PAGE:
MU Researchers Discover Protein's Ability To Inhibit HIV Release
TIM-family proteins have the ability to block the release of HIV and other viruses.
Wednesday, August 27, 2014
MU Scientists Successfully Transplant, Grow Stem Cells in Pigs
New line of pigs do not reject transplants, will allow for future research on stem cell therapies.
Saturday, June 07, 2014
Adult Stem Cells Could Hold Key to Creating Cure for Type 1 Diabetes
Combining bone marrow cells with new drug restores insulin production.
Tuesday, June 04, 2013
MU Scientists Build Harness for Powerful Radiation Cancer Therapy
Scientists created a gold nanoparticle that can transport powerful radioactive particles directly to tumors for treatment.
Thursday, February 07, 2013
Identical DNA Codes Discovered in six Plant Species safter 32 billion searches
Analyzing massive amounts of data officially became a national priority recently when the White House Office of Science and Technology Policy announced the Big Data Research and Development Initiative. A multi-disciplinary team of University of Missouri researchers rose to the big data challenge when they solved a major biological question by using a groundbreaking computer algorithm to find identical DNA sequences in different plant and animal species.
Tuesday, April 10, 2012
Achieving Coexistence of Biotech, Conventional and Organic Foods in the Marketplace
Meeting at Vancouver, Canada, October 26-28, 2011; GMCC Coexistence Conference
Thursday, April 21, 2011
Gene, Stem Cell Therapy only needs to be 50 Percent Effective to Create a Healthy Heart, MU Researchers Find
Researchers have demonstrated that a muscular dystrophy patient should be able to maintain a normal lifestyle if only 50 percent of the cells of the heart are healthy.
Thursday, November 01, 2007
Researchers Grow Neural Blood Vessel Cells from Adult Stem Cells
Scientists develop adult stem cells from the blood of an mature animal that were able to be directed into specific cell types.
Monday, September 25, 2006
Scientific News
RNAi Screening Trends
Understand current trends and learn which application areas are expected to gain in popularity over the next few years.
The Genetic Roots of Adolescent Scoliosis
Scientists at the RIKEN Center for Integrative Medical Sciences in collaboration with Keio University in Japan have discovered a gene that is linked to susceptibility of Scoliosis.
A Gene-Sequence Swap Using CRISPR to Cure Haemophilia
For the first time chromosomal defects responsible for hemophilia have been corrected in patient-specific iPSCs using CRISPR-Cas9 nucleases
Experimental MERS Vaccine Shows Promise in Animal Studies
A two-step regimen of experimental vaccines against Middle East respiratory syndrome (MERS) prompted immune responses in mice and rhesus macaques, report National Institutes of Health scientists who designed the vaccines.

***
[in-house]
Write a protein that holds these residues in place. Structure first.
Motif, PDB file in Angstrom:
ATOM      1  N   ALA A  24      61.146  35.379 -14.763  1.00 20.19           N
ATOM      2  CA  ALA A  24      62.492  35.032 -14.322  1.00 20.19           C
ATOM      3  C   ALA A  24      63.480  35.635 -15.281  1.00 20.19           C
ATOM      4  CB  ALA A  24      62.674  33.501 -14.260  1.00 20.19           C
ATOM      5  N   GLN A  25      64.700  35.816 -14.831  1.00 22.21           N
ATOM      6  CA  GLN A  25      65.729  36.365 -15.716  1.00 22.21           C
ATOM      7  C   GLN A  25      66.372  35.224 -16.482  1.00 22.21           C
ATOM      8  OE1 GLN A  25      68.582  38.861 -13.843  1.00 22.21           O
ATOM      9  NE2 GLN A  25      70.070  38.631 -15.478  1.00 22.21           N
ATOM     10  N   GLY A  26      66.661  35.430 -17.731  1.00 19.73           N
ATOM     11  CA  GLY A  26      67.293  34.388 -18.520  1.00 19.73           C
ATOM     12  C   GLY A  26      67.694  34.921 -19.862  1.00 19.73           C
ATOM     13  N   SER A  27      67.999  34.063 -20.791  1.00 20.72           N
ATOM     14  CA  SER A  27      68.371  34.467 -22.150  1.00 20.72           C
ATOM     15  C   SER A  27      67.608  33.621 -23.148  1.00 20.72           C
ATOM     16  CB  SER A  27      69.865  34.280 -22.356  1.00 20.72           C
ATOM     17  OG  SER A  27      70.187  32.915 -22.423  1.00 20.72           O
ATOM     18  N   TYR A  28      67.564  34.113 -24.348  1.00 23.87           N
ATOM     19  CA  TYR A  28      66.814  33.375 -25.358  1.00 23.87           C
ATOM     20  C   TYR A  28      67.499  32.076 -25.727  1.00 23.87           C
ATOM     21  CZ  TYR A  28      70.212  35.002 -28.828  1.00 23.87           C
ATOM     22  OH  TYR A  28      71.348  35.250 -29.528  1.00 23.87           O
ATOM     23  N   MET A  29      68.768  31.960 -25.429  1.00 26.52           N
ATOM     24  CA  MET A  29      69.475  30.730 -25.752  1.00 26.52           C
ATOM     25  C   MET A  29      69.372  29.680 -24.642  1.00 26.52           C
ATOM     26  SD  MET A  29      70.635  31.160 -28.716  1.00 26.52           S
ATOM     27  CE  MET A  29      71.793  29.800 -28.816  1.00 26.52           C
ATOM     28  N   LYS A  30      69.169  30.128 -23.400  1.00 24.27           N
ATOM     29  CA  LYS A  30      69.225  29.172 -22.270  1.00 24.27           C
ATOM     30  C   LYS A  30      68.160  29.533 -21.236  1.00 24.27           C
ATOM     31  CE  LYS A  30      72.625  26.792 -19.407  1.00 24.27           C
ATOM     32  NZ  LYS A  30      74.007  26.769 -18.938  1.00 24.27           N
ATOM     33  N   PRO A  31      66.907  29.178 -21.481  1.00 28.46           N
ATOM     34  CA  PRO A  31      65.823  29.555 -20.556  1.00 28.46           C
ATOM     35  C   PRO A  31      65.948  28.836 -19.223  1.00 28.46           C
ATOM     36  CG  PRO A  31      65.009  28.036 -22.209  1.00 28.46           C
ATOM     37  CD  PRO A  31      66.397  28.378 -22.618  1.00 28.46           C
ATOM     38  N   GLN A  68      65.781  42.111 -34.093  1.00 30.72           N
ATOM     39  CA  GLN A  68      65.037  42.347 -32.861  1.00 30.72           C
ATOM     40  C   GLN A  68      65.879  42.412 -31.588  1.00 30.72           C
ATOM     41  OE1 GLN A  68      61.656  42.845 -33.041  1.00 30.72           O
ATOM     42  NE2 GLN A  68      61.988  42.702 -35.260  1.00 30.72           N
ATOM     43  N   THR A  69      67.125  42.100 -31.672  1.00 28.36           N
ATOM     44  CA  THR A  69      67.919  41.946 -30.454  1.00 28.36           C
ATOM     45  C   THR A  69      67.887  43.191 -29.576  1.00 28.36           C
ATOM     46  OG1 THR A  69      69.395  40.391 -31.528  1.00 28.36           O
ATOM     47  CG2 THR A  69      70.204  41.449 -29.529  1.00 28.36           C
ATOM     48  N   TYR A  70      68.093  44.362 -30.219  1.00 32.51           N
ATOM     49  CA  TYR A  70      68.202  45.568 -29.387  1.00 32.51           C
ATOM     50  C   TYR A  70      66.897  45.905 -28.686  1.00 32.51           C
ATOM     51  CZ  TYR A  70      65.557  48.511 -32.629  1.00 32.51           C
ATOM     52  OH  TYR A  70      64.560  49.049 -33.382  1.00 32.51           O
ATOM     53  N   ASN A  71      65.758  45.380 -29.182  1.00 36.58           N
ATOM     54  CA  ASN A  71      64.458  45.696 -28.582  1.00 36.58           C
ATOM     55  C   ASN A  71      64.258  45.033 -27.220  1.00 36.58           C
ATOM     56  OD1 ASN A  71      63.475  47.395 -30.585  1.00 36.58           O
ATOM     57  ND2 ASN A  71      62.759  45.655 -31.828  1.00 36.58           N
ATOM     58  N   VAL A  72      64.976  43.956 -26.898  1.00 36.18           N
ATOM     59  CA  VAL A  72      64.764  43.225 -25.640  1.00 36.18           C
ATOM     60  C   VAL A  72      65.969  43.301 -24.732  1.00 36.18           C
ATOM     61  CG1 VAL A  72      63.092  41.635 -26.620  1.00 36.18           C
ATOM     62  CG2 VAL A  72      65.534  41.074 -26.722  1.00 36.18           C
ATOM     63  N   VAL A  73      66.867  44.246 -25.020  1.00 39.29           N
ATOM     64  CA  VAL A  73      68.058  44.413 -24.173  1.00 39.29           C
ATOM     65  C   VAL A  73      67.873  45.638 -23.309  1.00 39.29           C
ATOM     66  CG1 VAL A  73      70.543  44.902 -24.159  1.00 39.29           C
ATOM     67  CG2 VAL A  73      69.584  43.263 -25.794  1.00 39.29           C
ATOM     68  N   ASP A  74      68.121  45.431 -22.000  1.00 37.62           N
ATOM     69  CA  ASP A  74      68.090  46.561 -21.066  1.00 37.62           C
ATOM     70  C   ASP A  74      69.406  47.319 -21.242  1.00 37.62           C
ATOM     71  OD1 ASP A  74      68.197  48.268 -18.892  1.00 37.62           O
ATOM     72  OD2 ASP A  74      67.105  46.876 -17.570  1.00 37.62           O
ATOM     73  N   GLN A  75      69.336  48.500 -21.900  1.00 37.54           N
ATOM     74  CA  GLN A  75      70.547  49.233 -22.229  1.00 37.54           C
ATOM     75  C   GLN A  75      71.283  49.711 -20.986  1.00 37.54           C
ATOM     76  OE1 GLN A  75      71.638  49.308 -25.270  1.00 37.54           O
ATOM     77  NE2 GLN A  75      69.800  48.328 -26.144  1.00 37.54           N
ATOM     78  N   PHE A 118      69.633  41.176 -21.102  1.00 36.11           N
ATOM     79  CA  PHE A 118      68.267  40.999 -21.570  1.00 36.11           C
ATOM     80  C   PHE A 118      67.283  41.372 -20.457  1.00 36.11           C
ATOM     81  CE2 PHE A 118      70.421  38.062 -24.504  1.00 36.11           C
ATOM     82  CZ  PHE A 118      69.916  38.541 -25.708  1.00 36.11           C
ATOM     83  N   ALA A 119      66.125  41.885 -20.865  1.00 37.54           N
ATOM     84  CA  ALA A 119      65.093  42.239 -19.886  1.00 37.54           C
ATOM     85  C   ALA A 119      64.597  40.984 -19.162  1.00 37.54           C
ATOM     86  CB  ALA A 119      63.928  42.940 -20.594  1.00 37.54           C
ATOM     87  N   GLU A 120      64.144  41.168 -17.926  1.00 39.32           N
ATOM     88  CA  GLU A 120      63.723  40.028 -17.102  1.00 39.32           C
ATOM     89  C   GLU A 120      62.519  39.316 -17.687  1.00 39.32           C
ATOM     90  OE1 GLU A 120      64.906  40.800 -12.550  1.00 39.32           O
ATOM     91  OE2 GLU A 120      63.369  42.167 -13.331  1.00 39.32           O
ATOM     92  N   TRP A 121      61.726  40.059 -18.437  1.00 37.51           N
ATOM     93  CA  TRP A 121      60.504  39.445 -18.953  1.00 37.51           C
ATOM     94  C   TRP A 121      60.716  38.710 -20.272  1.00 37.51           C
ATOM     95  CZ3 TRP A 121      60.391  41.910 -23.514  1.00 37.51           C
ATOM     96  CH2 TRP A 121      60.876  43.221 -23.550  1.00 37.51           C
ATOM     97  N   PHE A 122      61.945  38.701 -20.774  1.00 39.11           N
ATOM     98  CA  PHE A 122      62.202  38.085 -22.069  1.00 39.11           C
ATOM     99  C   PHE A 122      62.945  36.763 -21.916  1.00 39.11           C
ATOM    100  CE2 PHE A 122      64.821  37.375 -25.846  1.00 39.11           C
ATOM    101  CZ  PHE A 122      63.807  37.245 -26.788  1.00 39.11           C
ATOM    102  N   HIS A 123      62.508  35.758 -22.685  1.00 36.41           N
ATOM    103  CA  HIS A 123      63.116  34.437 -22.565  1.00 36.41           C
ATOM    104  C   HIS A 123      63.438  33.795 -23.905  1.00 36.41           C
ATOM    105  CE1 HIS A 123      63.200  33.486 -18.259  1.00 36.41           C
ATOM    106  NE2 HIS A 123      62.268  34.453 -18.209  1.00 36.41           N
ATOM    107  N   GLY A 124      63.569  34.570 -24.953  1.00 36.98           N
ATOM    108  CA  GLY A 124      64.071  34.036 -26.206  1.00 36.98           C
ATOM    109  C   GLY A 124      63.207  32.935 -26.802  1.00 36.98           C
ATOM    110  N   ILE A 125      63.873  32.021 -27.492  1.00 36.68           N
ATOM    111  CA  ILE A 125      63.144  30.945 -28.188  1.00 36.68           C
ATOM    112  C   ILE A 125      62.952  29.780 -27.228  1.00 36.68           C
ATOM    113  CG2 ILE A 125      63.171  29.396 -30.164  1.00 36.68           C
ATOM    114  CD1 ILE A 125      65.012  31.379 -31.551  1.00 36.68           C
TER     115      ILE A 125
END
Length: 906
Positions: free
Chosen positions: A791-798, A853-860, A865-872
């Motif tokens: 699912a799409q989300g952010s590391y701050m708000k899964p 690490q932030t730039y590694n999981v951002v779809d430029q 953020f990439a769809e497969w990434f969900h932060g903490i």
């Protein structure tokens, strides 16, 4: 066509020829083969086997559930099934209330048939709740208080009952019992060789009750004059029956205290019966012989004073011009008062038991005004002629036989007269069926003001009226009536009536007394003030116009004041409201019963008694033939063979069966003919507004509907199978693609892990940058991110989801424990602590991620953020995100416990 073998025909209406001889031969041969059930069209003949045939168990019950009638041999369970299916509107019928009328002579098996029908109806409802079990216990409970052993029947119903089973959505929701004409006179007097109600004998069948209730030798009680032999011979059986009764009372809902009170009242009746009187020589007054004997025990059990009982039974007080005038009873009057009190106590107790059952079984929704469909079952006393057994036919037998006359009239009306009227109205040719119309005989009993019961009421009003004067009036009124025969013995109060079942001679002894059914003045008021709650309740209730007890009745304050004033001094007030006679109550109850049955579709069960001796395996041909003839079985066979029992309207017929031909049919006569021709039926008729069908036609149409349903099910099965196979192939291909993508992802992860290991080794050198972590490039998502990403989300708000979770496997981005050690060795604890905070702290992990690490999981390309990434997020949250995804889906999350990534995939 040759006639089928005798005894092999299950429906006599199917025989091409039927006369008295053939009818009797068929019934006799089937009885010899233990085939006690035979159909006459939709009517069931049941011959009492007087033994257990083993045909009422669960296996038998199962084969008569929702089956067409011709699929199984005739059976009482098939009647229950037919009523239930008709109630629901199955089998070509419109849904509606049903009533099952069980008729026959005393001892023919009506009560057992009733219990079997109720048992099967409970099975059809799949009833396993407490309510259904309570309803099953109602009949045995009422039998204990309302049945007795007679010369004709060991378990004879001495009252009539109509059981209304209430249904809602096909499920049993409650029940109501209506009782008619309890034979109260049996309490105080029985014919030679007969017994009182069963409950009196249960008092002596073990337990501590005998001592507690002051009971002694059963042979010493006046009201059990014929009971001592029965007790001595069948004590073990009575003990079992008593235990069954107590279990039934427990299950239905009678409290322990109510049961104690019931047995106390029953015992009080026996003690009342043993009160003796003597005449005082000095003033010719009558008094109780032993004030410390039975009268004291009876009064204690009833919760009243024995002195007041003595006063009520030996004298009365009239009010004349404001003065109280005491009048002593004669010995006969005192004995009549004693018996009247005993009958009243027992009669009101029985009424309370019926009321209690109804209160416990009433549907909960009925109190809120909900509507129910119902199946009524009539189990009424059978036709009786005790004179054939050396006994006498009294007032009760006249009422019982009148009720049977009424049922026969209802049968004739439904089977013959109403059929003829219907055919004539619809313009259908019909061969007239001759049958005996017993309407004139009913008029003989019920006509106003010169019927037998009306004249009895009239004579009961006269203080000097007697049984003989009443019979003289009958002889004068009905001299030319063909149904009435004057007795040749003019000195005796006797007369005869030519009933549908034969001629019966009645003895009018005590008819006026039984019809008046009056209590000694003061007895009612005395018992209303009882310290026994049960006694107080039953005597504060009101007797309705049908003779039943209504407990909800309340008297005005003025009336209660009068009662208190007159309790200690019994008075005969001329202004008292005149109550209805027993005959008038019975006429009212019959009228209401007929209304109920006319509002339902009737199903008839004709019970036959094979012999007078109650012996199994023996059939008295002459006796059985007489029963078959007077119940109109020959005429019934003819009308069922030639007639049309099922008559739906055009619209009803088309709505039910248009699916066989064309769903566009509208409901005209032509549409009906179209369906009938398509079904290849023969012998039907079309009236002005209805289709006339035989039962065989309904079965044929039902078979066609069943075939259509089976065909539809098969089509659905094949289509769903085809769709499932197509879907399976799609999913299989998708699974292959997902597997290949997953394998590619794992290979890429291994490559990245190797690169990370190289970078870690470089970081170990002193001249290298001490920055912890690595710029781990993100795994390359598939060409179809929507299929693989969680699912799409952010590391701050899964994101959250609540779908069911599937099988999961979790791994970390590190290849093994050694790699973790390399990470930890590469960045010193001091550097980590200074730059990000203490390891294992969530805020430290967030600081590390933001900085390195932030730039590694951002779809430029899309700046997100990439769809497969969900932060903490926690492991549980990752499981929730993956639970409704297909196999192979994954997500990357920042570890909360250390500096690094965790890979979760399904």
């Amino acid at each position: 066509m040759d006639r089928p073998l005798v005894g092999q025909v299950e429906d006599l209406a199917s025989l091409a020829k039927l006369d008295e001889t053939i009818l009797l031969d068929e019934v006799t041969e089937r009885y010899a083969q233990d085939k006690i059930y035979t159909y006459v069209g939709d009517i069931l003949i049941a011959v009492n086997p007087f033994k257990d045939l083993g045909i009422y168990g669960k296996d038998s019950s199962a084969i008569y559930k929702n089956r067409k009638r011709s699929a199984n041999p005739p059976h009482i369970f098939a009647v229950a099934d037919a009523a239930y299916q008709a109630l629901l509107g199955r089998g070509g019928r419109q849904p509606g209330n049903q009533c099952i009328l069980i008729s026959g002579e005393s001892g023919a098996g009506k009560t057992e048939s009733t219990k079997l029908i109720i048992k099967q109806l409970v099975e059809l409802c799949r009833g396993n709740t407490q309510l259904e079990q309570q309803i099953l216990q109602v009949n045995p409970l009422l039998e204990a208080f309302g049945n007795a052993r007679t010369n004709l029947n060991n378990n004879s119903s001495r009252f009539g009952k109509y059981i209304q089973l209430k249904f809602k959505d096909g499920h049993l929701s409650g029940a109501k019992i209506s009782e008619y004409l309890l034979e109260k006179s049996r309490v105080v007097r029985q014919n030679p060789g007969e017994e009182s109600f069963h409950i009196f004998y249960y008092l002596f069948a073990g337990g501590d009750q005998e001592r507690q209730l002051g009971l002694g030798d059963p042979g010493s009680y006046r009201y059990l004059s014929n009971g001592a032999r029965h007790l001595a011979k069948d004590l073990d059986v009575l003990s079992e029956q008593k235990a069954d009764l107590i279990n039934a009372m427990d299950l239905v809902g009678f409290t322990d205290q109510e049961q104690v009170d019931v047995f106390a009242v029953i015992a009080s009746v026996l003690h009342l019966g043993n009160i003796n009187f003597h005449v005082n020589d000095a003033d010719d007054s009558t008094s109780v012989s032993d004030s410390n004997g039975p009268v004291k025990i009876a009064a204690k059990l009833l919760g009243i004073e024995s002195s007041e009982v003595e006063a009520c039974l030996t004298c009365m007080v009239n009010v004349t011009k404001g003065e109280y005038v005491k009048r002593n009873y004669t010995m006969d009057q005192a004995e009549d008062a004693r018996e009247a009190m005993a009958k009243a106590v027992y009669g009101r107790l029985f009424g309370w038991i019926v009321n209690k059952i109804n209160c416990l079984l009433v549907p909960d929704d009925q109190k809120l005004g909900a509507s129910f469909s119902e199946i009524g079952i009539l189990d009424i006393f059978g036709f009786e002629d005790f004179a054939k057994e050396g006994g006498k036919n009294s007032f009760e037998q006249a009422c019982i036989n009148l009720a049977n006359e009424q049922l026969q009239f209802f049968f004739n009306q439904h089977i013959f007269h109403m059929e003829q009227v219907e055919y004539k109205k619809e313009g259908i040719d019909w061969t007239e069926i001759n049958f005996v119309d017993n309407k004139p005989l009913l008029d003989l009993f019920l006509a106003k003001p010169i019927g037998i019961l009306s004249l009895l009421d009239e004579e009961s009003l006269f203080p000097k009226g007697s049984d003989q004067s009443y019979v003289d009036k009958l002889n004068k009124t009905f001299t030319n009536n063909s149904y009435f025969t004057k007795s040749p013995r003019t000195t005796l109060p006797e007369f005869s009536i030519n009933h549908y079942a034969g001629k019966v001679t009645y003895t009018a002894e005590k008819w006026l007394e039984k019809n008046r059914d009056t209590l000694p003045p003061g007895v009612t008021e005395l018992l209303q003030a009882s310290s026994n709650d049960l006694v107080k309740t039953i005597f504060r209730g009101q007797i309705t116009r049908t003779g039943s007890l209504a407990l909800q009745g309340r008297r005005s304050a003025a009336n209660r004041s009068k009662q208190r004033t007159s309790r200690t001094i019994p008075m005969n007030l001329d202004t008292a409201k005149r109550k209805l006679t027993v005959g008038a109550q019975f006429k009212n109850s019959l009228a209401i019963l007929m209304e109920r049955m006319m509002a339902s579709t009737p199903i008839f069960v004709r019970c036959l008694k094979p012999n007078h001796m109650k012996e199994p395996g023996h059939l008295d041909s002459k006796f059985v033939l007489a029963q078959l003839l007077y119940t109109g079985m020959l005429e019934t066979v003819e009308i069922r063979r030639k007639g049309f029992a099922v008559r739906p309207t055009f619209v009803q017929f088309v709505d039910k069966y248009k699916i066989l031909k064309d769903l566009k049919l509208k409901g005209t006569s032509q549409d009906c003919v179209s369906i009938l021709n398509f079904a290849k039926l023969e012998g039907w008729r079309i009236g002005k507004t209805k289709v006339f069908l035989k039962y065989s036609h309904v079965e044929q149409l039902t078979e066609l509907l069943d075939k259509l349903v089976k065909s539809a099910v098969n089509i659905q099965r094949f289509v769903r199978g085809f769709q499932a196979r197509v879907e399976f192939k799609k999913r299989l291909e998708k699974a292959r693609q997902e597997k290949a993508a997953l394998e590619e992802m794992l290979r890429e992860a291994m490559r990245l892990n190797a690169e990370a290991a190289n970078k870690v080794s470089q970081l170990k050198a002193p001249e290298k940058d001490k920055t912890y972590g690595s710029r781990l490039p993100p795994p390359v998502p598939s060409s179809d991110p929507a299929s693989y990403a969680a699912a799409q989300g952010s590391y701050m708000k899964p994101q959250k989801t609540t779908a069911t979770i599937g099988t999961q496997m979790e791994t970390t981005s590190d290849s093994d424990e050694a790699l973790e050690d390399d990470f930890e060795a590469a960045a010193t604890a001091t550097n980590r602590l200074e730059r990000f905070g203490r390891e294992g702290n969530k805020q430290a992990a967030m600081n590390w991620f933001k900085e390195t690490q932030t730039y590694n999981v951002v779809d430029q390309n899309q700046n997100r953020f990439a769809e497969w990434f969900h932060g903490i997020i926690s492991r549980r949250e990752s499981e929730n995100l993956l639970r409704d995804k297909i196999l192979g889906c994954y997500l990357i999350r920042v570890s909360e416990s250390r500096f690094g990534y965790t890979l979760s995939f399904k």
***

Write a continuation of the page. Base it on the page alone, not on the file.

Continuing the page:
New Tool Uses 'Drug Spillover' to Match Cancer Patients with Treatments
Researchers have developed a new tool that improves the ability to match drugs to disease: the Kinase Addiction Ranker (KAR) predicts what genetics are truly driving the cancer in any population of cells and chooses the best "kinase inhibitor" to silence these dangerous genetic causes of disease.
Understanding the Molecular Origin of Epigenetic Markers
Researchers at IRB Barcelona discover the molecular mechanism that determines how epigenetic markers influence gene expression.
HIV Susceptibility Linked to Little-Understood Immune Cell Class
High levels of diversity among immune cells called natural killer cells may strongly predispose people to infection by HIV, and may be driven by prior viral exposures, according to a new study.
Diagnostic Test Developed for Enterovirus D68
researchers at Washington University School of Medicine in St. Louis have developed a diagnostic test to quickly detect enterovirus D68 (EV-D68), a respiratory virus that caused unusually severe illness in children last year.
How a Kernel Got Naked and Corn Became King
Ten thousand years ago, a golden grain got naked, brought people together and grew to become one of the top agricultural commodities on the planet.
Sweet Revenge Against Superbugs
A special type of synthetic sugar could be the latest weapon in the fight against superbugs.
Scroll Up
Scroll Down
Skyscraper Banner

Skyscraper Banner
Go to LabTube
Go to eposters
 
Access to the latest scientific news
Exclusive articles
Upload and share your posters on ePosters
Latest presentations and webinars
View a library of 1,800+ scientific and medical posters
2,400+ scientific and medical posters
A library of 2,500+ scientific videos on LabTube
3,700+ scientific videos
Close
Premium CrownJOIN TECHNOLOGY NETWORKS PREMIUM FREE!